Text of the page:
The Cynic and Senator Obama

This is the title of an excellent essay written by the all-world writer, Charles Pierce, in the June issue of Esquire magazine. I highly recommend you pick it up. In 2004, Pierce wrote a piece on John Kerry that almost made me like the Senator, as it came close to even humanizing the guy. On the essay on Obama, here are a few quotes I wanted to share.

There is one point in the stump speech, however, that catches the cynic up short every time. It comes near to the end, when Obama talks about cynics. Obama says that cynics believe they are smarter than everyone else. The cynic thinks he’s wrong. The cynic doesn’t think he’s wiser or more clever or more politically attuned than anyone else. It’s just that he fears that, every morning, he’ll discover that his country has done something to deface itself further, that something else he thought solid will tremble and quake and fall to ruin, that his fellow citizens will sell more of their birthright for some silver that they can forge into shackles. He has come to believe that the worst thing a citizen of the United States of America can believe is that his country will not do something simply because it’s wrong. It would be a mistake for anyone — but especially for a presidential candidate — to believe that the cynic thinks himself wise or safe or liberated. In 2008, the cynic is more modest. He considers himself merely adequate to the times.

Later on Pierce adds:

Cynicism was noble, the cynic believed. It was to be directed only at targets worthy of it and not at a candidate’s failure to provide what the elite political press could sell to a complicit nation as the proper proletarian dumb show. It was to be directed at how seriously Barack Obama has misjudged the country he so obviously wants to lead, which is not the country he talks about but the spavined America that actually exists, because that’s the country in which the American people, in a hundred different acts of omission and commission, have freely determined that they want to live. A country of stunted anger and, yes, bitter denial of all that it’s done to itself. That’s the country in which Barack Obama is running now. If he sees it from the stage when he tilts his head and looks off into the far distance, he gives no sign of it.

He talks forever about “change.” Change from what? the cynic wondered. Obama never really says. He criticizes Bush, and his people, and his policies. He runs through the litany: Iraq. Katrina. The collapse of the subprime mortgage industry. The overall economy, now barely clouding the mirror under its nose. He’s tough when he does it, and smart, and shrewd. But it ends there. Obama never addresses the era of complicity, the fact of the country’s accessorial conduct in its own murder. He just tells the country that it’s really better than all that. And the cynic’s questions are never really answered. And he talks forever about “hope.” The cynic hears it and remembers the legend of Pandora. Hope was the jewel left in the box after she’d opened it, but Pandora never noticed Hope until she’d loosed all the demons onto the world.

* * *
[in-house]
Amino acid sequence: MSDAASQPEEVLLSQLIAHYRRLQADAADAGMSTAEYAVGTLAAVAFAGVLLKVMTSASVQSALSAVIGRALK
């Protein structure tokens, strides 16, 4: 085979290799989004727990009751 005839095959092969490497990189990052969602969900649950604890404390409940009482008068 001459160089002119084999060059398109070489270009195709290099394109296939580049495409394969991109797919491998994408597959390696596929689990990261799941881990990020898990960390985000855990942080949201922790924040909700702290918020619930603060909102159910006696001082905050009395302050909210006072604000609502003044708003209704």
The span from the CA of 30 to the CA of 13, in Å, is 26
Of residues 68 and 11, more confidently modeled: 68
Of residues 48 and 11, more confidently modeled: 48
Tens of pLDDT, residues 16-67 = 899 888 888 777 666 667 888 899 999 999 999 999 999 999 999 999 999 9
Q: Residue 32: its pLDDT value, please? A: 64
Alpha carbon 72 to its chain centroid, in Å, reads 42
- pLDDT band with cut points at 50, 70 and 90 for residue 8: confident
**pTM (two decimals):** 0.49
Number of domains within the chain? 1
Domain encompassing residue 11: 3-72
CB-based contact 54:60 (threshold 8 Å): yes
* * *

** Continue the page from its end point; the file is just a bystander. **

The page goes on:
Why would anyone have faith in America, which is not tough but fearful, not smart but stupid, and not shrewd but willing to fall for almost anything as long it comes wrapped in a flag? Why would anyone have faith in Americans? Barack Obama says that he has that faith because of his own life, because he was able to rise to the point where he can be thought of as president of the United States. He is the country’s walking absolution. That’s his reason, the cynic thinks, but it’s not mine. There has to be confession. There has to be penance. Being Barack Obama is not enough. Not damn close to enough.

 

Pierce finishes his essay with the inner turmoil he feels and then finishes with a desperate plea.

Obama takes the stage and the hall explodes, the way all the halls have exploded in this, the last really good week he will have. All the rest of the upcoming weeks and months will be about becoming aware that the country he imagines is not the America that is, and that it hasn’t been for a very long time. And the cynic realizes at last that he is more naive than anyone else here, particularly more than the slim, smooth candidate himself, stalking the stage in his edgeless way and looking out over the crowd at something in his private distance. The cynic believes in an old, abandoned country that’s no less illusory than the redeemed one Obama is promising to this crowd. Isn’t that something? the cynic thinks. Maybe that’s enough, that single revelation, just a flicker of the lost imagination. For the last time, in the roar of the crowd, it comes back to him again. Convince me America is not an illusion. Convince me that it never was. Convince me that you’re not a pious mirage. Convince me that we’re not. Now that you brought it up, convince me.

Convince me.

Convince me.

Convince me.